You can reduce the amount of cores in BoincMgr, advanced settings, options, computing preferences; set CPU from 100% to 50% (essentially running 1 thread if your device is a dual core, or 2 threads if your device is a quad core).
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Bryn Mawr
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Message 101876 - Posted: 1 Dec 2020, 16:38:03 UTC - in response to Message 101872.  

You could find replacement (grey market) chargers on the cheap on ebay or amazon.
Usually Apple designs their products to run 100% CPU or 100% GPU computations without running into that issue.
It only is an issue if you run both CPU and GPU at 100%, as Apple didn't anticipate this happening.
I bet this could be very frustrating for those who'd like to play modern games on their MacBooks...

You can reduce the amount of cores in BoincMgr, advanced settings, options, computing preferences; set CPU from 100% to 50% (essentially running 1 thread if your device is a dual core, or 2 threads if your device is a quad core).


You wouldn’t buy a Ferrari and restrict it to half throttle, why accept it from Apple?
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robsmith
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Message 101877 - Posted: 1 Dec 2020, 16:55:57 UTC

Sadly I think this an "Apple knows best" situation. They have scaled their battery chargers for those that they perceive to be the "average user" - most users never really approach the peak power demand for extended periods of time. BOINC users are, in Apple's eyes, an aberrant species in that they are running their computers at near maximum power demands for extended periods of time.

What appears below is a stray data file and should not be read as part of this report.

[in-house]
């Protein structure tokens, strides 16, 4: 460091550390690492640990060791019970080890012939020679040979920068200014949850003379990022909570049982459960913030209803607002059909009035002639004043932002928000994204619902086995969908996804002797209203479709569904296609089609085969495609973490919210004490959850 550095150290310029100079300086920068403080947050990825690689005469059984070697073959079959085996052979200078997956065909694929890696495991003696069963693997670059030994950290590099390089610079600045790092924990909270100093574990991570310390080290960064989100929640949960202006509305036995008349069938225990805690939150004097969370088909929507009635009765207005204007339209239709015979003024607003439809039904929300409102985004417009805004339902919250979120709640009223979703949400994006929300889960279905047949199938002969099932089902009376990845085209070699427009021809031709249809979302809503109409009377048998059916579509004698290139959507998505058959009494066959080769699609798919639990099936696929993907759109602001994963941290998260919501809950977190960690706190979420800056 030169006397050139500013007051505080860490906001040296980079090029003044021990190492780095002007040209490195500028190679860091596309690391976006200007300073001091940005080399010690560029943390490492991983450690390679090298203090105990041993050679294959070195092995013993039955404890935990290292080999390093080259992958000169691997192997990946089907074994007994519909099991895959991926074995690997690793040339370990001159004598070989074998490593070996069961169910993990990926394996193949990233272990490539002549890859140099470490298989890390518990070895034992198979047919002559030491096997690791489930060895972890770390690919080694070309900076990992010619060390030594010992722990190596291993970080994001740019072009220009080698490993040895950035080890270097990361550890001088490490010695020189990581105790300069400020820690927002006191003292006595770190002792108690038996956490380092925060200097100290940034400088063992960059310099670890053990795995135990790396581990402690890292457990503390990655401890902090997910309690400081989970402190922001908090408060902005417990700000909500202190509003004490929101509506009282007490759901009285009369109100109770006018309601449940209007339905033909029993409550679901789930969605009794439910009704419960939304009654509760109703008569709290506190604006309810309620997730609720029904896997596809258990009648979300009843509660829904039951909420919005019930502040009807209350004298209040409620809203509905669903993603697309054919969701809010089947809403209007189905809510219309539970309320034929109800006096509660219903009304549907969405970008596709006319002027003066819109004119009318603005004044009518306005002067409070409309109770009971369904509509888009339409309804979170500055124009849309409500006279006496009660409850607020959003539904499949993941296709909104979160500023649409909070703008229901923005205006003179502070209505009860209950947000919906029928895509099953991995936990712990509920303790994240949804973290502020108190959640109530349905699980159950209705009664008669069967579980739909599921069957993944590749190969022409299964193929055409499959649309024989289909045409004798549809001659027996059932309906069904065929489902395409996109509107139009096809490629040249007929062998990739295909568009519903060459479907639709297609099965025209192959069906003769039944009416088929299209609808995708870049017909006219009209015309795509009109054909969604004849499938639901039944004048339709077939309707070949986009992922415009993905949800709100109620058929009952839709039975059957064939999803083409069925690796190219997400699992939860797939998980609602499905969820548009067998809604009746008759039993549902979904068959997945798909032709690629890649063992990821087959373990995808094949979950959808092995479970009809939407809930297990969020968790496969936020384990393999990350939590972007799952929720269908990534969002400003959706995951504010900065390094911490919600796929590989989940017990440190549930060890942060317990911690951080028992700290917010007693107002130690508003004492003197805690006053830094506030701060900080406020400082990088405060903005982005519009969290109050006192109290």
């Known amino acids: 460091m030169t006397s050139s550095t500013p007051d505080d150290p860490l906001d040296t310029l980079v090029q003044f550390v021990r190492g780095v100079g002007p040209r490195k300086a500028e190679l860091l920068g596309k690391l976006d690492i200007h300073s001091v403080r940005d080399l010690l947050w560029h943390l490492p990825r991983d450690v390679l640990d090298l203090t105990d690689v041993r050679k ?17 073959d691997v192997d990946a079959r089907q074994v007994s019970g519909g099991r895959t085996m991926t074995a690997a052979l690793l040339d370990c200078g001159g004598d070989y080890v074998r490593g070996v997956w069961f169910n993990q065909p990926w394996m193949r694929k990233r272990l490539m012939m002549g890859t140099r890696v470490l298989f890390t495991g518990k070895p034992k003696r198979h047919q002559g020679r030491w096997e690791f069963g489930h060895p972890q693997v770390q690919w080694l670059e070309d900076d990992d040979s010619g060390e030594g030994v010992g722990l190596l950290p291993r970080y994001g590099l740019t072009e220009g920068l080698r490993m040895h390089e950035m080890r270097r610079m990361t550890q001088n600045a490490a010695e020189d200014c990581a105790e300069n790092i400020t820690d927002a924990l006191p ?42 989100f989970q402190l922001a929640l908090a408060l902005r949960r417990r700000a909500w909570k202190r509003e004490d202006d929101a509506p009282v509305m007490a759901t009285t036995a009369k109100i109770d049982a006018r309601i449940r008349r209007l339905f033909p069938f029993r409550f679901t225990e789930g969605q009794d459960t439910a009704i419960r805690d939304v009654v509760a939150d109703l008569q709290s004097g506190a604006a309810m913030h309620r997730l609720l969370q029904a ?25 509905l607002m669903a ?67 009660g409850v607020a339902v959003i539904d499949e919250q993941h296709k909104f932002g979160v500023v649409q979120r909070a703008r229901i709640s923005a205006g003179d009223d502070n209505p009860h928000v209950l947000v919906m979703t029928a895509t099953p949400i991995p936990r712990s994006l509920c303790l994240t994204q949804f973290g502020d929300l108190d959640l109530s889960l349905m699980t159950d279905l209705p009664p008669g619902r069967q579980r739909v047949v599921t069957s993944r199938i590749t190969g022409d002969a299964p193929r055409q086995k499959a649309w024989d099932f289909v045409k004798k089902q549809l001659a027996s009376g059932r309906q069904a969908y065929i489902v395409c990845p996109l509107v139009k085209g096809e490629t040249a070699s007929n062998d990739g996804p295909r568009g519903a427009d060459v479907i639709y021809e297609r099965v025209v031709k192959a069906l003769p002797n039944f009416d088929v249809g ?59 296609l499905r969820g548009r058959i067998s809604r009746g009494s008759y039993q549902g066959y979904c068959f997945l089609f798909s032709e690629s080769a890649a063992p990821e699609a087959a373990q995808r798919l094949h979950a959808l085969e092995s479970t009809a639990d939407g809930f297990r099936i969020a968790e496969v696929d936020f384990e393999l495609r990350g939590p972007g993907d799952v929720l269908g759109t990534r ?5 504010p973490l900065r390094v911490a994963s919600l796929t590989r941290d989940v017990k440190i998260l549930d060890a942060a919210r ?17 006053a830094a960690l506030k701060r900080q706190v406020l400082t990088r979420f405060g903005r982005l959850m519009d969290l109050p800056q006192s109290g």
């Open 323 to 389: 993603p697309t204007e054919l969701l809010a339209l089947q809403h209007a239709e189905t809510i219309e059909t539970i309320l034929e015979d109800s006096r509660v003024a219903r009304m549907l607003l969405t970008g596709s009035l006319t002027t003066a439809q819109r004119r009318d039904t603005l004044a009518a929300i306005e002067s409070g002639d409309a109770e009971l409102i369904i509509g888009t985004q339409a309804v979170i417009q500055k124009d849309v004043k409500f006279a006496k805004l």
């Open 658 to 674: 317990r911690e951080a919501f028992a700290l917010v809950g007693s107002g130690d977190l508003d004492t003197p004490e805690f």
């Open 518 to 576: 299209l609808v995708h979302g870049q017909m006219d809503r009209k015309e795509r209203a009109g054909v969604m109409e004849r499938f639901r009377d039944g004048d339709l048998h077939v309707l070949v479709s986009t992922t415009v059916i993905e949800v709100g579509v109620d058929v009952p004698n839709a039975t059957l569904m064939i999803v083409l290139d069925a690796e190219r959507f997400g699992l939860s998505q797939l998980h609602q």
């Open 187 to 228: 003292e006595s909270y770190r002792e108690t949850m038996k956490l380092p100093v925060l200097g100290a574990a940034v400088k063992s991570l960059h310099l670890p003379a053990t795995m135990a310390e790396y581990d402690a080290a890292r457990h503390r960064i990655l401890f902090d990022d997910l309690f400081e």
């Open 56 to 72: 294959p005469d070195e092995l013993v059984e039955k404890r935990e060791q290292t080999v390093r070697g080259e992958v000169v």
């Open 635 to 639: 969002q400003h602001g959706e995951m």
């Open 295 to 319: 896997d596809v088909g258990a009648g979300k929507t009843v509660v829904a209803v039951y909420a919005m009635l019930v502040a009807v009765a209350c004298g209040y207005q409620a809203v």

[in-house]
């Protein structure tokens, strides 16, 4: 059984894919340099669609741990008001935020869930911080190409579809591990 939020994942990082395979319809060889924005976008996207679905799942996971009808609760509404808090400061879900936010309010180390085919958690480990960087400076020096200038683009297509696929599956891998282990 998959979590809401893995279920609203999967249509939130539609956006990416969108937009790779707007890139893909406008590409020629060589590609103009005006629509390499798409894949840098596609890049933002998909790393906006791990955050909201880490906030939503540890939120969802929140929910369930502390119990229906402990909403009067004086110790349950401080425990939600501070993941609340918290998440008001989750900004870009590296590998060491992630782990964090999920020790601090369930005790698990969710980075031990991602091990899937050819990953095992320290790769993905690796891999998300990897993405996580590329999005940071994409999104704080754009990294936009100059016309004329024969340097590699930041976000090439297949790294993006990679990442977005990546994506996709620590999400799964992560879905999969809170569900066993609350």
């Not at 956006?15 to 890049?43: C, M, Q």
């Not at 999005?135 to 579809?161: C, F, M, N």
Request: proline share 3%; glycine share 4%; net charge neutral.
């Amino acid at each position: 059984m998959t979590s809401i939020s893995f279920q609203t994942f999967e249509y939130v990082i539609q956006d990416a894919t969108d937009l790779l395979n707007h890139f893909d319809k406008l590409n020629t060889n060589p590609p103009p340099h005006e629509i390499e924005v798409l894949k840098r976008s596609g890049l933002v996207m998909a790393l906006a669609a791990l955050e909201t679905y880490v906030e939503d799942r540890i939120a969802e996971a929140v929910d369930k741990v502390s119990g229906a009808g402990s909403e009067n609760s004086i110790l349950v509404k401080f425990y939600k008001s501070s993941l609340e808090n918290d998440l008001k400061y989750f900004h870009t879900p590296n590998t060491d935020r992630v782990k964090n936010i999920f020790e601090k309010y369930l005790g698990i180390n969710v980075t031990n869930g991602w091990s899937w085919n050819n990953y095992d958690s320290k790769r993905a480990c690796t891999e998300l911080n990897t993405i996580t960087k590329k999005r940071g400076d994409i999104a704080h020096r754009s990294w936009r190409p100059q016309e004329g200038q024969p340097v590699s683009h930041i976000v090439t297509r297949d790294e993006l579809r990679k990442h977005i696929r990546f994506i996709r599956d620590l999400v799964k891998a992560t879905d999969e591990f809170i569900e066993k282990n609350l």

(As someone who has driven a few super-cars very few of them will survive at full throttle for 24 hours a day, 7 days a week)
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Bryn Mawr
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Message 101880 - Posted: 1 Dec 2020, 23:21:17 UTC - in response to Message 101877.  

Sadly I think this an "Apple knows best" situation. They have scaled their battery chargers for those that they perceive to be the "average user" - most users never really approach the peak power demand for extended periods of time. BOINC users are, in Apple's eyes, an aberrant species in that they are running their computers at near maximum power demands for extended periods of time.

(As someone who has driven a few super-cars very few of them will survive at full throttle for 24 hours a day, 7 days a week)


Bah humbug - I expect my kit to work :-)
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Message boards : Questions and problems : Boinc will drain battery on plugged in Mac Book